Flinn Plastic Embedding


Imagine a bug embedded in plastic! Plastic embedding allows the preservation of unique specimens for permanent display. A “fixed” specimen is easily embedded with Flinn Embedding Plastic.


Embedding plastic is a thermosetting, clear, polyester resin with a syrupy consistency. The liquid plastic may be kept indefinitely when stored at 40 °F or lower. It becomes unstable and solidifies when mixed with a peroxide catalyst or if exposed to sunlight. When exposed to light or mixed with the catalyst, the plastic polymerizes with the exothermic release of heat. When slowly cured the plastic becomes hard and very durable. The cured plastic can be sanded and buffed to a clear, lustrous finish.


Mineral oil
Plastic catalyst*
Container for mold
Flinn Embedding Plastic*
Jars for mixing
Specimen(s) to mount
Stirring rod
Waxed paper
*Materials included in kit.

Safety Precautions

Embedding plastic vapors are toxic and flammable. Work in a well-ventilated area or in a fume hood. Be sure that the work area is void of sparks or other open flames. The catalyst is toxic by ingestion and the fumes are toxic. This activity requires the use of hazardous components and/or has the potential for hazardous reactions. Please review current Safety Data Sheets for additional safety, handling and disposal information.


Please consult your current Flinn Scientific Catalog/Reference Manual for general guidelines and specific procedures, and review all federal, state and local regulations that may apply, before proceeding. The embedding plastic may be disposed of according to Flinn Suggested Disposal Method #18b. The embedding plastic catalyst may be disposed of according to Flinn Suggested Disposal Method #22b.


  1. Preparing Transparent Specimens

Specimens should be mounted in a transparent format if internal structures are of importance. Consult a histology textbook if staining procedures are necessary to show internal structures.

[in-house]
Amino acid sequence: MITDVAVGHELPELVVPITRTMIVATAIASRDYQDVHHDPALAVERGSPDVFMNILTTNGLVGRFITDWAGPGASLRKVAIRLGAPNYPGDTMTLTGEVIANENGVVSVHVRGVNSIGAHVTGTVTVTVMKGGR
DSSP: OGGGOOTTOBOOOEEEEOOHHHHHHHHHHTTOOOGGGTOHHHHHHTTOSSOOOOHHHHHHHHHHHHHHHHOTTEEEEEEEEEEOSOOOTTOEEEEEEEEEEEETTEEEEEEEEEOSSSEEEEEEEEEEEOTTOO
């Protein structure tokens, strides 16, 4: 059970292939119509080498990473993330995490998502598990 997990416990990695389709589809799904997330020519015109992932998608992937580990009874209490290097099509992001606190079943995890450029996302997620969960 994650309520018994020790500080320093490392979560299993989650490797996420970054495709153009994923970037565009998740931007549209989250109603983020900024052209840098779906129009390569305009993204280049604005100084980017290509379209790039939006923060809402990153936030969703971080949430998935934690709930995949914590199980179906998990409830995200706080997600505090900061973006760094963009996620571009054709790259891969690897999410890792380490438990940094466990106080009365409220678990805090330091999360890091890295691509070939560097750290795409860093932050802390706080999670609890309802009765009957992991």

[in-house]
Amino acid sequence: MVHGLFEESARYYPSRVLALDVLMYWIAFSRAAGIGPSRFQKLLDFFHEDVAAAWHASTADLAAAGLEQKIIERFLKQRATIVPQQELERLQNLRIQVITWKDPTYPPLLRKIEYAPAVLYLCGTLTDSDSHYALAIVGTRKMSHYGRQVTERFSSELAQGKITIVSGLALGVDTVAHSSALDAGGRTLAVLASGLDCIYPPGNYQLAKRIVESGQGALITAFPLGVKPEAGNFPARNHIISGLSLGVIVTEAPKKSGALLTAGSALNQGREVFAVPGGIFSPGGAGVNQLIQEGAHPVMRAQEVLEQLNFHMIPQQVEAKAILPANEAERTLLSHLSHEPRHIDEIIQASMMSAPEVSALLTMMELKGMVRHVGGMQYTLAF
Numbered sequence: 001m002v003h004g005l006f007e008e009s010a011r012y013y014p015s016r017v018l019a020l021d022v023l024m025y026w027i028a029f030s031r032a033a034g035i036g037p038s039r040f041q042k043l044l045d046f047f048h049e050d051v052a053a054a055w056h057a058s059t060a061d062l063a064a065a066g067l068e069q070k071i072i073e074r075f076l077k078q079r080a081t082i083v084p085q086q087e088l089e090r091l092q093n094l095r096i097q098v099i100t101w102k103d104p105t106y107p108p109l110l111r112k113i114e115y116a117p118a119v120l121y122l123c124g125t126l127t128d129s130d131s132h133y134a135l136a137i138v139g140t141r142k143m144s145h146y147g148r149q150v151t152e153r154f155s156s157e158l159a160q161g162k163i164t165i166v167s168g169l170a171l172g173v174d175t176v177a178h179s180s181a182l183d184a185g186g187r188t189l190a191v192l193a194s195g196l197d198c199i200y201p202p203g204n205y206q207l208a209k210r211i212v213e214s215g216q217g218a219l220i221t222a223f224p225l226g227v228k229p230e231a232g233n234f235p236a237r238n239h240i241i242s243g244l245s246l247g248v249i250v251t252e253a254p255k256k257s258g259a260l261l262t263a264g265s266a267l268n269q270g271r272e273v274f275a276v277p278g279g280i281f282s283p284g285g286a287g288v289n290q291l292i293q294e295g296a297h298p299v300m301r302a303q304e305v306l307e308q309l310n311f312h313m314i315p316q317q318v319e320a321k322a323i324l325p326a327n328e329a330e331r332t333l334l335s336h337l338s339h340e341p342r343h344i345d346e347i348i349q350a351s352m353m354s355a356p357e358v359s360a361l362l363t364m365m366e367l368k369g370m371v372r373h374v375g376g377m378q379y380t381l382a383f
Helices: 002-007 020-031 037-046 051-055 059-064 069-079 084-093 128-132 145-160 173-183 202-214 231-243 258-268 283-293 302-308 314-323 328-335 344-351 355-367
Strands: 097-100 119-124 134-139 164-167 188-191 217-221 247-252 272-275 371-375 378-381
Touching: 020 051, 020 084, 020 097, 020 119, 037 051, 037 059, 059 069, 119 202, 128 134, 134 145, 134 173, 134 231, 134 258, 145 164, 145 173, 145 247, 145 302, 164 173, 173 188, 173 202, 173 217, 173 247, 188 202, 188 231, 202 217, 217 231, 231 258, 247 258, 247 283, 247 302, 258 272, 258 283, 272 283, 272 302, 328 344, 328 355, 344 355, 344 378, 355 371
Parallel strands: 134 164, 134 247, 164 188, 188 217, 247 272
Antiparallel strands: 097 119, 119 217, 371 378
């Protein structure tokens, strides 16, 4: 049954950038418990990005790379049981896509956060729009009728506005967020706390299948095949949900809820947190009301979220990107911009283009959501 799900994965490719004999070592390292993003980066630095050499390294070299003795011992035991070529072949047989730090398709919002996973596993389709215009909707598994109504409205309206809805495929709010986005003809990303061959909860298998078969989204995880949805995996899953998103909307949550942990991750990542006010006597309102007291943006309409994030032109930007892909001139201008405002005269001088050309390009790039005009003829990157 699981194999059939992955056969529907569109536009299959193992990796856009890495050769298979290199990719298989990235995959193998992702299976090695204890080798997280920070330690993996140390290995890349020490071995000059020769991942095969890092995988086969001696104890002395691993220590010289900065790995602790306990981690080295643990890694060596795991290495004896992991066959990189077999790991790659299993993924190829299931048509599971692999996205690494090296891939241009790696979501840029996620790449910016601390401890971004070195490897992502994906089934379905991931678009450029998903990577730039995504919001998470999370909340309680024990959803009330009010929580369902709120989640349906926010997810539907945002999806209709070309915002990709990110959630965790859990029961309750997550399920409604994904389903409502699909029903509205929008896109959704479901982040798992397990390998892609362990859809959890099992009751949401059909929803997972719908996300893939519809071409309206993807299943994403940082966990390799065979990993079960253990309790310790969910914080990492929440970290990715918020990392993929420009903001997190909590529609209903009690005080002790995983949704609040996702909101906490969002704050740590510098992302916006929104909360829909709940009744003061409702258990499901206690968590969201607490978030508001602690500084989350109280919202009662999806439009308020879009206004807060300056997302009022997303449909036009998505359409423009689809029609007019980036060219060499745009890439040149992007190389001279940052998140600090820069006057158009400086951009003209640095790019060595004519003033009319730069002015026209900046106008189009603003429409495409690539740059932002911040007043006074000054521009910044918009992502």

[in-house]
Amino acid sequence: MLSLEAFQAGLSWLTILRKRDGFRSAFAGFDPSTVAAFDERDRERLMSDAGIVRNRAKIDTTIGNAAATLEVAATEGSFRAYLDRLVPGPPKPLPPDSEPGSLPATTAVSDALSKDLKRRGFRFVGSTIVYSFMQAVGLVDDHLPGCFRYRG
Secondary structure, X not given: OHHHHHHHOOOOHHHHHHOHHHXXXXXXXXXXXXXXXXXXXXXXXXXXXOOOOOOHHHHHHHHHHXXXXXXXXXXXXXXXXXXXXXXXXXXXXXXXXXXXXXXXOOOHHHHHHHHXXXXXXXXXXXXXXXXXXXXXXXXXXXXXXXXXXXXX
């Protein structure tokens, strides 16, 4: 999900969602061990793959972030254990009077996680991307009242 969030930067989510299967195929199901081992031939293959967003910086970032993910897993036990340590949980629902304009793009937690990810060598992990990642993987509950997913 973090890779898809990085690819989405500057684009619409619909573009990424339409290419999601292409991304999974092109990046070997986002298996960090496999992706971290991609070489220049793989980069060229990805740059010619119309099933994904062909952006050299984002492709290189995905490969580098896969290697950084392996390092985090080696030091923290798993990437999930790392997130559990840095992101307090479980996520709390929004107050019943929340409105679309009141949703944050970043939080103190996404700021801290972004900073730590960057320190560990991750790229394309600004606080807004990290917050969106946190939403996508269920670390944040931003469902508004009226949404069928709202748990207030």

Specimens to be embedded must first be “fixed” or preserved to stop all bacterial action in the tissue. The plastic embedding process will not stop all bacterial activity if the specimen is too thick. For most insects and larvae 70% alcohol is an adequate fixative. For larger specimens, however, 10% formalin is needed and may require special injection techniques to adequately “fix” the tissue.

After fixation for 24 hours or longer, wash the specimen to remove the fixative and then dehydrate the specimen in a standard histological alcohol series. Usually a series by 10% increments is used (i.e., 70%, 80%, 90% and 100%). After complete dehydration, the specimen must be cleared with a clearing agent such as xylol, methyl salicylate or other histological clearing agent. Consult a histology technique book for the specific species being prepared. The specimen should then be soaked in uncatalyzed plastic. This will replace the clearing agent and render the specimen transparent.

When the specimen is in uncatalyzed plastic, it may stand for a week or longer to get rid of any air bubbles.

  1. Preparing Opaque Specimens

Opaque specimens are embedded when the external characteristics are of prime interest. Opaque specimens must be fixed in the appropriate manner for the size and nature of the specimen. The specimen should be removed from its fixative fluid and air dried until all the surface moisture has evaporated. The specimen may be dried carefully with paper towels if it is tough enough to withstand the rubbing.

Some opaque specimens may be dry (e.g., bones, leaves, plants, rocks, minerals, shells). These specimens may be wetted with uncatalyzed plastic and placed directly into the mounting plastic.